Wikipedia on Lightning
“Lightning's relative unpredictability limits a complete explanation of how or why it occurs, even after hundreds of years of scientific investigation…The actual discharge is the final stage of a very complex process.”

The Mothers of Others
I do not descend from a lineage of steadfast women. Restless spirits we are indeed, but sometimes we roll over and play dead. My mother couldn’t hear about The Hyena.  My sister was angry for me, at least, but together we had no solutions. My aunt was in her own abusive situation. I had fucked up big time, and my bloodline, my own pack, I learned, we travel alone through dark places.  

It was my roommate’s mother who encouraged involving the law. She was my first tipping domino, the conjurer of a single intelligent idea that ran between the misguided crossfire of neurons in my mind. In the void where fear for him should have been was anxiety over what I would do should The Hyena return to my door – what excuses would I espouse from him; what eclectic psychoanalysis would I offer up to betray myself?

I was uncomfortable. With this litigious method, dysfunction was no longer private and the outcome of a courtroom decision, irrevocable. Public and permanent rarely suit me. With the Intelligent Idea spinning in my head, I felt more guided by a downhill rolling boulder than intuition, but I knew I must aim for a different outcome this time. I filed for the Order and The Hyena was served.

This is what’s known as “taking action on your own behalf,” an empowering act that feels unnatural to those who aren’t well practiced.

Things I did say
Get out of my house!
I’m sorry.
I’m calling the police!
You’re crazy!
Are you okay?
Please leave.
I care about you, too.
I hate you!
You’re going to hurt your back.
Okay, we can lie down now.

The Art of Never Inconveniencing Anyone
At one point, I broke free of him and ran out the back door, but the porch and grass were wet. The Hyena chased and slid into me. We sat muddied beneath the open sky. We were surrounded by dark houses, lit porches; it was a neighborhood of plenty. I yelled loud but not too loud. The Hyena covered my mouth. I wanted someone to come, but how embarrassing it would be for anyone to find me.

I fell off my scooter when I was eleven, trying hard to impress a boy outside his house shooting hoops. If he saw, he never came over, so I picked up my ride and limped home.

I was led by the cyclopean eye bleeding in the center of my knee. A rock had scooped out a chunk of flesh deep enough for me to learn that we are somewhat purple inside. On the way, I passed a neighbor mowing her yard, and I stopped walking to linger at the edge of the grass. Crying in my reddening sock, I stepped closer, waiting for her to notice me. I never waved her down and she didn’t look up from her task. Obviously, she was too busy. I turned around, continued on, and entered our house where nobody was home.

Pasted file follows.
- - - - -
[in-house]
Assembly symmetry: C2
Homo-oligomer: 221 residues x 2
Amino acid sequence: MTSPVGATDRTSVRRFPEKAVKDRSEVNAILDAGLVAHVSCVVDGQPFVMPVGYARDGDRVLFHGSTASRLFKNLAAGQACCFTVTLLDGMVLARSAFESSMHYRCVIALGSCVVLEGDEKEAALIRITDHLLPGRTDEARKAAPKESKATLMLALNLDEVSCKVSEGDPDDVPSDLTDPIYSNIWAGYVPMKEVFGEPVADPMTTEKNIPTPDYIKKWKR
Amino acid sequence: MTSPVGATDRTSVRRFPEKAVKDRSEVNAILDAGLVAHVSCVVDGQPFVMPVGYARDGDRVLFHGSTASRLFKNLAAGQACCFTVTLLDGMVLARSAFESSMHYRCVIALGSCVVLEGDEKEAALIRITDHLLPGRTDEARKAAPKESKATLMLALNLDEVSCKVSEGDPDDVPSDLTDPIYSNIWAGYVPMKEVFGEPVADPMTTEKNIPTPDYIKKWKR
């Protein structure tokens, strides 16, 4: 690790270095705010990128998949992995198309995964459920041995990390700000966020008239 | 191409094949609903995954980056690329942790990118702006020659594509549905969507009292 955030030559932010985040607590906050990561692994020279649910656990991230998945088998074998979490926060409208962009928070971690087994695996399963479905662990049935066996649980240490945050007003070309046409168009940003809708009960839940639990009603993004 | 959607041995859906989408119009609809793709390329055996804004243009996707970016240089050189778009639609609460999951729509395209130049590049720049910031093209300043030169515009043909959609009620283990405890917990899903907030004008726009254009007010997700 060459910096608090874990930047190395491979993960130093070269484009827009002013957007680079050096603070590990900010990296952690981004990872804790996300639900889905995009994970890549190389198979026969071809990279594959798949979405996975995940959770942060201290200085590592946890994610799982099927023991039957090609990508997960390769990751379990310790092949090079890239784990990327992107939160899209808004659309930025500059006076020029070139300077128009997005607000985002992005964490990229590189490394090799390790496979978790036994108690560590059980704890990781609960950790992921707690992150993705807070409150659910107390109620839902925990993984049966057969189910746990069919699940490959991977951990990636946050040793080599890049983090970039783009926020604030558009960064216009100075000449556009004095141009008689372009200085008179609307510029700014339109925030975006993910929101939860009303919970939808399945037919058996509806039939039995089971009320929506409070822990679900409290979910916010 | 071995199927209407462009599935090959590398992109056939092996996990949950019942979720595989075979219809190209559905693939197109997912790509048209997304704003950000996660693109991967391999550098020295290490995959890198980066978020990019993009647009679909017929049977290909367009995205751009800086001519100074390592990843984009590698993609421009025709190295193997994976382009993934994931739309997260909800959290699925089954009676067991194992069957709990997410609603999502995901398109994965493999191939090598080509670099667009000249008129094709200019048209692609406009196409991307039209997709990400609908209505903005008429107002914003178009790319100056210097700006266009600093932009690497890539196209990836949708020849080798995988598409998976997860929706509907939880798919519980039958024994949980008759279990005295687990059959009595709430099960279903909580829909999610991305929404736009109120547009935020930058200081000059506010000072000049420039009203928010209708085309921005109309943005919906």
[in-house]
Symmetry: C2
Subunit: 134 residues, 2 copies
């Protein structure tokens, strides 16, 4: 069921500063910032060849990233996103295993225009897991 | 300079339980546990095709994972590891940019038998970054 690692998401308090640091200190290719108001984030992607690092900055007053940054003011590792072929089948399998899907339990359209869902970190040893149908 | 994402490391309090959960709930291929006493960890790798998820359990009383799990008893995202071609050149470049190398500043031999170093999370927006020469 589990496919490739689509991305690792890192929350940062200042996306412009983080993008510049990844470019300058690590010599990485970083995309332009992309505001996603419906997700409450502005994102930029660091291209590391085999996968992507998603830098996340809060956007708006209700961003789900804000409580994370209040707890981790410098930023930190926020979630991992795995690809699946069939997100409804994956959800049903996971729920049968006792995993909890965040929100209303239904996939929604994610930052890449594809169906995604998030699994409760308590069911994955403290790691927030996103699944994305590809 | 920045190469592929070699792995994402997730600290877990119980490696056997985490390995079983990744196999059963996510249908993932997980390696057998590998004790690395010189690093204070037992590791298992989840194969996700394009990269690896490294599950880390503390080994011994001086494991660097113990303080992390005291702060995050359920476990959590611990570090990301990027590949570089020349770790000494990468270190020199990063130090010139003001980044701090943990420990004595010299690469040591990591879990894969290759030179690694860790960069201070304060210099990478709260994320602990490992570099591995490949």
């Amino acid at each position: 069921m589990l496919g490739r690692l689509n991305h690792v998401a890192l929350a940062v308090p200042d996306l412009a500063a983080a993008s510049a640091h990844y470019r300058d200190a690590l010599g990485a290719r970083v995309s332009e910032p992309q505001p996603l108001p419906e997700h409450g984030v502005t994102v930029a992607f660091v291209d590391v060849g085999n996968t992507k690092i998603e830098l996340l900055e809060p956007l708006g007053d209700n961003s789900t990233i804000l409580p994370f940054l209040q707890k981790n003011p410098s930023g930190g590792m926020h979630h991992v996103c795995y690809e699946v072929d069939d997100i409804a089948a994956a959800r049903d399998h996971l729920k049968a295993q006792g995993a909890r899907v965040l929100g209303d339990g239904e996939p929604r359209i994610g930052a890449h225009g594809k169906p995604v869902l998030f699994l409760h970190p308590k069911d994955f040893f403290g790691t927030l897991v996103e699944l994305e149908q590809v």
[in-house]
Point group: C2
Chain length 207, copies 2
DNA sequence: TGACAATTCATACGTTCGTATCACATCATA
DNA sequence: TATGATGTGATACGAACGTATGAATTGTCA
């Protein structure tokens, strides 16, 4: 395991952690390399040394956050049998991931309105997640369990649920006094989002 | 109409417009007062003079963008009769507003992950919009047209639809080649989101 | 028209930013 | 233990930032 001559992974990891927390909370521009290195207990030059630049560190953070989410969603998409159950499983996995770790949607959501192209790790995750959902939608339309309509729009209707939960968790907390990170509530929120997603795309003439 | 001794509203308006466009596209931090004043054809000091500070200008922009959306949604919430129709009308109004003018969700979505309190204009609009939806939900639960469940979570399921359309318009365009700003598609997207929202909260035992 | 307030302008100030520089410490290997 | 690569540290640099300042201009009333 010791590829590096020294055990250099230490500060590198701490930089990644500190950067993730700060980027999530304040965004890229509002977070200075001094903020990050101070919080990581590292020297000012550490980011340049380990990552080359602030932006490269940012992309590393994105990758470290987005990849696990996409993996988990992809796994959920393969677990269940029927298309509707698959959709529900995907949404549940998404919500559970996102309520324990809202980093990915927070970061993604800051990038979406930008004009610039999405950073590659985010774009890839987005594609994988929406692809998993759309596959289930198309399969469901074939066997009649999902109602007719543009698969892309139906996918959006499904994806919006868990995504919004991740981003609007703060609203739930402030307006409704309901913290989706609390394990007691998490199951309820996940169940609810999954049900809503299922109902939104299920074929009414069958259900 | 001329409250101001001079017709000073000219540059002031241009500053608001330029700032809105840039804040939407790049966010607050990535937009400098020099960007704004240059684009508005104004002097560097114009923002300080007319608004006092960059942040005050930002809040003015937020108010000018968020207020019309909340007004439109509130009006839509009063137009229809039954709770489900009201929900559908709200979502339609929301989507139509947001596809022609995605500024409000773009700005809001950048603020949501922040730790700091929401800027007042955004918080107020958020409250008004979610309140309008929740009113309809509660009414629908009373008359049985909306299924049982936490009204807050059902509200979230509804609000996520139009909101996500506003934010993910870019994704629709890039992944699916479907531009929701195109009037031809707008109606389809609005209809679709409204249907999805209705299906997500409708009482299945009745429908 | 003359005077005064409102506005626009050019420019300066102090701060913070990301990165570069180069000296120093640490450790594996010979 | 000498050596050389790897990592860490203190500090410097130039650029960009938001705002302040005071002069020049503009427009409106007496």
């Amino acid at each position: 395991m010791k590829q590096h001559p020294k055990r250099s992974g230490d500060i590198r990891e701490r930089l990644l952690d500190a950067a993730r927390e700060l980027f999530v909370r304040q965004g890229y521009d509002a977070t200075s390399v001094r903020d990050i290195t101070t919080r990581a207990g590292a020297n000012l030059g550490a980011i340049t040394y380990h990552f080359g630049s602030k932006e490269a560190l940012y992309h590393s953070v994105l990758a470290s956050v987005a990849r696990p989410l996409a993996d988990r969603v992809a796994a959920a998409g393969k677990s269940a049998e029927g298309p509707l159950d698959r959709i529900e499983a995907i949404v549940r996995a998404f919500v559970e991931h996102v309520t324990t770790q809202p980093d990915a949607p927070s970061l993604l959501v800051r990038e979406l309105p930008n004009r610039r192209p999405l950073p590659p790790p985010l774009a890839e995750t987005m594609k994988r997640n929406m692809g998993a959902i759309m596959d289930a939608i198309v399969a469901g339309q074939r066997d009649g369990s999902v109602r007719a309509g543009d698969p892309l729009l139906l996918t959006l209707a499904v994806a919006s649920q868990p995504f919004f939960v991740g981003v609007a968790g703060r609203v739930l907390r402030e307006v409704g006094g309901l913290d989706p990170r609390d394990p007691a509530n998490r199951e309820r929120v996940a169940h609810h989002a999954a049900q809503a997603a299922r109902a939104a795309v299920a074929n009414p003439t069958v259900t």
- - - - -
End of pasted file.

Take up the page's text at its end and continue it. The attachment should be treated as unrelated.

I was so concerned for The Hyena and his pending dental school applications that I phoned the advocates at the courthouse to inquire how my allegations would affect him. This is the art of never inconveniencing anyone –make waves without rippling the water, grow without mistakes, change without disappointment, ask without angering; create, invent, qualify, and be happy without causing a scene.

This highly misguided “concern” for others will line the heuristics from which a Frankenstein logic is sewn - the very act of making a decision that serves our best interest is soon followed by the grave responsibility to prevent it from affecting others. This incantation only serves to resurrect a persistent doubt that shadows every thought and every action.

Things I should have said
I absolutely do not love you, and I don’t want to hang out anymore.
There is a hole in my knee, and I’m terribly hurt.
Momma, I hate to inform you, but I am having serious boy problems…

Between our two hearings, he brought a grand total of thirty pages, single-spaced, twelve point font Word documents, fifteen pages for each courtroom visit. My own statements tallied four handwritten paragraphs.

We received a copy of each other’s account. Everything he learned about me, nine months of information was there, written in his distorted witchery, as if words could be poured on paper and stirred with the tip of your finger. In the end, the courts sided with me.

There is much to say concerning the inadequacy of systems and stories. I signed up for a Hyena vs. Victim intervention, but it got complicated remembering the things I said and did that perhaps didn’t mean “No.” There were many a sentence threaded that meant, let’s hang out again sometime, but still, I had to keep choosing the belief that I didn’t deserve his punishment.

I carried bundles of responsibility, misunderstanding that there was but one, and at some point in my past, I walked away and left her standing in her blood-soaked shoe.  For a while I retraced my steps until I found her waiting on a curb, and I still have to remember to keep a firm grip on her tiny hand. When threatened, I stand in front of her or we go where it’s quiet and safe.

Caroline Mays is a chronic student of writing, works primarily in Nonfiction, and holds no advanced degrees beyond her B.A. in Liberal Arts. In 2013, she attended a residency in Edinburgh Scotland through the University of New Orleans. In 2016, she attended Summer Arts in Monterey, California by winning a partial scholarship. She's the recipient of two partial scholarships for Disquiet in Lisbon two years in a row. Caroline is a working writer and the founder of Switchblade Lemonade. She's also an endurance athlete and lives in Chico, California.